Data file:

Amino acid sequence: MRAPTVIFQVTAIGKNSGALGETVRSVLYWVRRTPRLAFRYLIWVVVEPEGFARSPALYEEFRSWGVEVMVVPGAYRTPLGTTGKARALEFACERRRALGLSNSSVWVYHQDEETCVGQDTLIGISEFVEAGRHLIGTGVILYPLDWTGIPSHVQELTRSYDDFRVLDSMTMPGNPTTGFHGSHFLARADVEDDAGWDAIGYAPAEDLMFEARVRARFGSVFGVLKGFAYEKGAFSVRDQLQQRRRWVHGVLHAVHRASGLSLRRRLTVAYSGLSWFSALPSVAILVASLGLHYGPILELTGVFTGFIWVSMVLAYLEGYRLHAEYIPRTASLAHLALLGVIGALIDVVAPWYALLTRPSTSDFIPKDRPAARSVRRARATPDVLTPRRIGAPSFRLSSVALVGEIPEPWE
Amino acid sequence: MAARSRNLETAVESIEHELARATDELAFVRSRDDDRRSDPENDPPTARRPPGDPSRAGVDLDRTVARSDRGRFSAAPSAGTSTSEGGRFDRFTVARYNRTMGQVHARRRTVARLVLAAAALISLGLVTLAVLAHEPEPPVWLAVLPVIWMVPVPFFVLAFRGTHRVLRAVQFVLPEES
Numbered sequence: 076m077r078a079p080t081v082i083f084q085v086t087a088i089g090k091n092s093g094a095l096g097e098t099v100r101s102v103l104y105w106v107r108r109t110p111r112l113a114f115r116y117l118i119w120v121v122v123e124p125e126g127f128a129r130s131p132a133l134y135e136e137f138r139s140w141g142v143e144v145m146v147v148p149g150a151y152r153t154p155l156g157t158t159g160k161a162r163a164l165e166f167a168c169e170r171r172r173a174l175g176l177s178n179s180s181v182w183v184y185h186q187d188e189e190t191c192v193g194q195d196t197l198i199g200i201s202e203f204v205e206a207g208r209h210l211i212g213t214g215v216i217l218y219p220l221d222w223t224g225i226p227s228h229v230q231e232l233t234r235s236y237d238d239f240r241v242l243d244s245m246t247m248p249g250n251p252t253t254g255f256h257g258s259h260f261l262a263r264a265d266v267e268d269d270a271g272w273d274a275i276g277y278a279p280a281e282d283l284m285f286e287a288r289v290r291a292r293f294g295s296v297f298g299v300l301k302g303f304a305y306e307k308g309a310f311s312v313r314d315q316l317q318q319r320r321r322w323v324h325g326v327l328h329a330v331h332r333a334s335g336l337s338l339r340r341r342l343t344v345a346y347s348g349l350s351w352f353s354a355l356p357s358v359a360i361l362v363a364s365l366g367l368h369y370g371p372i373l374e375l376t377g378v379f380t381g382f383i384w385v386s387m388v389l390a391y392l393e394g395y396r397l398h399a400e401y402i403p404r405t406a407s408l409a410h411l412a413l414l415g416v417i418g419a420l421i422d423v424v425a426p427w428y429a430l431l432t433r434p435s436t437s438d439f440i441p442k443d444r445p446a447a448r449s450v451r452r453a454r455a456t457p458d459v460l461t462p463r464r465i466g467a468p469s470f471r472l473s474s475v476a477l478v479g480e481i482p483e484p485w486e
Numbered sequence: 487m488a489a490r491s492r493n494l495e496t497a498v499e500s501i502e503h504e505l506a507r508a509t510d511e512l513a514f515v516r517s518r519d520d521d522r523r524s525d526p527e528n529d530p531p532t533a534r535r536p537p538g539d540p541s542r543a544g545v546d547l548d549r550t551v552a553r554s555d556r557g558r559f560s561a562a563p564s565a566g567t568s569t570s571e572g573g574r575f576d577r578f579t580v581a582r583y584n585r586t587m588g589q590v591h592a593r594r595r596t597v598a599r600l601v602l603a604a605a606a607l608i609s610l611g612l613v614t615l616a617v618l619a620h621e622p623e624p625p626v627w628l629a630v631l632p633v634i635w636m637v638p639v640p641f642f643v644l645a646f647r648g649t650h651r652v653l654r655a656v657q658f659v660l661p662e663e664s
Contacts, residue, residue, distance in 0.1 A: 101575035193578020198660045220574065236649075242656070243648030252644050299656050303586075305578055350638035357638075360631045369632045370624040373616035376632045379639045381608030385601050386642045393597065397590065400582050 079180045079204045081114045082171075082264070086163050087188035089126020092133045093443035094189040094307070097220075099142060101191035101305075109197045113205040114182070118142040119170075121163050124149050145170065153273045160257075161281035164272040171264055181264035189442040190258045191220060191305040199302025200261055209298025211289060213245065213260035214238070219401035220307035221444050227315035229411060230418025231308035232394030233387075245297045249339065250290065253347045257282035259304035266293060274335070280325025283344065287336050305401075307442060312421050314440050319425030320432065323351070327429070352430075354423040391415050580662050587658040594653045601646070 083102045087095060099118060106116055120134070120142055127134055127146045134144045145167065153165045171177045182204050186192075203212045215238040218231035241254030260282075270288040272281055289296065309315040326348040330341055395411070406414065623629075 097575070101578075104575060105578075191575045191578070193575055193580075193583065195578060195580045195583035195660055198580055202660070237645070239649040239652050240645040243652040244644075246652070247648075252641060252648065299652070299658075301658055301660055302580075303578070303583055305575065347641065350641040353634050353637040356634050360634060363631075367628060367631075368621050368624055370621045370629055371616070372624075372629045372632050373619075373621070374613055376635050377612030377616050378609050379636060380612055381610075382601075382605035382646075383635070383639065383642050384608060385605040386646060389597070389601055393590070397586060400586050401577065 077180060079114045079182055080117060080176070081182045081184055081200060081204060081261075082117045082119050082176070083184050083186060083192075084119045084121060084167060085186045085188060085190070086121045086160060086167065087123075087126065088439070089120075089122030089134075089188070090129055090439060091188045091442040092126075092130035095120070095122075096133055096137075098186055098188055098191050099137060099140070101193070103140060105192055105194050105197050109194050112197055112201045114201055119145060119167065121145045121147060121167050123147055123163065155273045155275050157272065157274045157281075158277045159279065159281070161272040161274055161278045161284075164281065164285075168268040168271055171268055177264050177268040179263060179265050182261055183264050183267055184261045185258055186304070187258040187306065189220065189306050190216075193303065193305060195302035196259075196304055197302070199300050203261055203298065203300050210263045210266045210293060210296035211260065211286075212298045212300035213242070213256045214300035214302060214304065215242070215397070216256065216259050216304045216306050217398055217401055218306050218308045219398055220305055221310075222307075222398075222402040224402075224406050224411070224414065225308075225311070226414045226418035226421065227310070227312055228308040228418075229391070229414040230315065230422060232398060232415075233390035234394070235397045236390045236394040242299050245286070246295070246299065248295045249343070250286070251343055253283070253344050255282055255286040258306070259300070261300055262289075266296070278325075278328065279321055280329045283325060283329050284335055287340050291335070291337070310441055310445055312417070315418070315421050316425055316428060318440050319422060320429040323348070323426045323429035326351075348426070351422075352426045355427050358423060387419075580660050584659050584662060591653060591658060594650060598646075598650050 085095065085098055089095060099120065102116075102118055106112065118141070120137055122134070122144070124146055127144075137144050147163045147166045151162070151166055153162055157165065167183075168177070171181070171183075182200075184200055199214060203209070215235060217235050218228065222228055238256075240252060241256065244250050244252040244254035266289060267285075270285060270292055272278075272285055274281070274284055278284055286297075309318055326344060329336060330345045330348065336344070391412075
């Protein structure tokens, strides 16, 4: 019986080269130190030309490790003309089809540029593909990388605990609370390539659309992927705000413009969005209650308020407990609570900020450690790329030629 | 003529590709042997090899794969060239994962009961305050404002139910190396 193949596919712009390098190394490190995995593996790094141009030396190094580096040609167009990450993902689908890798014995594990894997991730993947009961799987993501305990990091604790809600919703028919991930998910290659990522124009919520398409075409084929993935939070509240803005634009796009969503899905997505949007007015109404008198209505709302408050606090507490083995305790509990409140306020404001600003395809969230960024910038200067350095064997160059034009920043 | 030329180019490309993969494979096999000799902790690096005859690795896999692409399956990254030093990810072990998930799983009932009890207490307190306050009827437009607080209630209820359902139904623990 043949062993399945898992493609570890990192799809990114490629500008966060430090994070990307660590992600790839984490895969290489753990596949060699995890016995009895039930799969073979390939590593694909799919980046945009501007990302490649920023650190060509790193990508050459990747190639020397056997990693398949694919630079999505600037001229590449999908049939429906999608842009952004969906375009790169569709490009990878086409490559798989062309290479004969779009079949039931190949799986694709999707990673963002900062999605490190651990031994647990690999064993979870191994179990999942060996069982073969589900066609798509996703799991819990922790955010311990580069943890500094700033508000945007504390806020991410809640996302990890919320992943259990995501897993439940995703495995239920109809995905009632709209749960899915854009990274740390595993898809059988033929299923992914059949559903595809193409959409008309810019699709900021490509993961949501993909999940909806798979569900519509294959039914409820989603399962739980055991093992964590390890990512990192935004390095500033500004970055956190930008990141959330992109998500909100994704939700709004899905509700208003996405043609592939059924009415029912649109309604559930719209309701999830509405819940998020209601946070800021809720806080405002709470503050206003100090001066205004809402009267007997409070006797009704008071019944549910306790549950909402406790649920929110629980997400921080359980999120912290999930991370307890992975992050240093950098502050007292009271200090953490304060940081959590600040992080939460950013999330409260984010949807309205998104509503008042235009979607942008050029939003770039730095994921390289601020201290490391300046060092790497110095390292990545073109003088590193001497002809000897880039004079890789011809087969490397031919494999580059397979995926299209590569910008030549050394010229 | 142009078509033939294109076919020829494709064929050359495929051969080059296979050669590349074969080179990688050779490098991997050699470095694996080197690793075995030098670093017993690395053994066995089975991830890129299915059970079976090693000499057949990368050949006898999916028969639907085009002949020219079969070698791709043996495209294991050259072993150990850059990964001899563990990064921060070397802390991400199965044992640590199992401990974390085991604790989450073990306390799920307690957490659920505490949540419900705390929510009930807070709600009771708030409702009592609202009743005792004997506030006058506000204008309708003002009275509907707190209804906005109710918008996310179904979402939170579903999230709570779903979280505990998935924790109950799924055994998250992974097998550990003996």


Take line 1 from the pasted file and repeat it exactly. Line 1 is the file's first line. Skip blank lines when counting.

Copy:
Amino acid sequence: MRAPTVIFQVTAIGKNSGALGETVRSVLYWVRRTPRLAFRYLIWVVVEPEGFARSPALYEEFRSWGVEVMVVPGAYRTPLGTTGKARALEFACERRRALGLSNSSVWVYHQDEETCVGQDTLIGISEFVEAGRHLIGTGVILYPLDWTGIPSHVQELTRSYDDFRVLDSMTMPGNPTTGFHGSHFLARADVEDDAGWDAIGYAPAEDLMFEARVRARFGSVFGVLKGFAYEKGAFSVRDQLQQRRRWVHGVLHAVHRASGLSLRRRLTVAYSGLSWFSALPSVAILVASLGLHYGPILELTGVFTGFIWVSMVLAYLEGYRLHAEYIPRTASLAHLALLGVIGALIDVVAPWYALLTRPSTSDFIPKDRPAARSVRRARATPDVLTPRRIGAPSFRLSSVALVGEIPEPWE